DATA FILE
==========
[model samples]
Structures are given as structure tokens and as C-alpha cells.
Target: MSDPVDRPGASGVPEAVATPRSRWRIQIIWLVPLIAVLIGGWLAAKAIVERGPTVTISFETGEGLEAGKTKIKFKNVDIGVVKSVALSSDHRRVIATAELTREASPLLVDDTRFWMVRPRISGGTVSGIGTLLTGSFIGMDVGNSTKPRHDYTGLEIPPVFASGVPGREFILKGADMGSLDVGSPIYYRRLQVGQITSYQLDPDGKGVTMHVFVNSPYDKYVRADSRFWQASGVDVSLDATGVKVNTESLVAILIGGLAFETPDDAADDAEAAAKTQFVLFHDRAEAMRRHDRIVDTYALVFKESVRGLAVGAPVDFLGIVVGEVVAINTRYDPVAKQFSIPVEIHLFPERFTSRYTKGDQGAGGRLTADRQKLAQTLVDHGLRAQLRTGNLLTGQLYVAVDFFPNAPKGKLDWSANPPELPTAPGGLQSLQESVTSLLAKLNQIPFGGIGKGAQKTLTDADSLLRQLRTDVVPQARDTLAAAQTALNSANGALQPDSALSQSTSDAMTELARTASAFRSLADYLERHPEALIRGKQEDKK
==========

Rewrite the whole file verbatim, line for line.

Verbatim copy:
[model samples]
Structures are given as structure tokens and as C-alpha cells.
Target: MSDPVDRPGASGVPEAVATPRSRWRIQIIWLVPLIAVLIGGWLAAKAIVERGPTVTISFETGEGLEAGKTKIKFKNVDIGVVKSVALSSDHRRVIATAELTREASPLLVDDTRFWMVRPRISGGTVSGIGTLLTGSFIGMDVGNSTKPRHDYTGLEIPPVFASGVPGREFILKGADMGSLDVGSPIYYRRLQVGQITSYQLDPDGKGVTMHVFVNSPYDKYVRADSRFWQASGVDVSLDATGVKVNTESLVAILIGGLAFETPDDAADDAEAAAKTQFVLFHDRAEAMRRHDRIVDTYALVFKESVRGLAVGAPVDFLGIVVGEVVAINTRYDPVAKQFSIPVEIHLFPERFTSRYTKGDQGAGGRLTADRQKLAQTLVDHGLRAQLRTGNLLTGQLYVAVDFFPNAPKGKLDWSANPPELPTAPGGLQSLQESVTSLLAKLNQIPFGGIGKGAQKTLTDADSLLRQLRTDVVPQARDTLAAAQTALNSANGALQPDSALSQSTSDAMTELARTASAFRSLADYLERHPEALIRGKQEDKK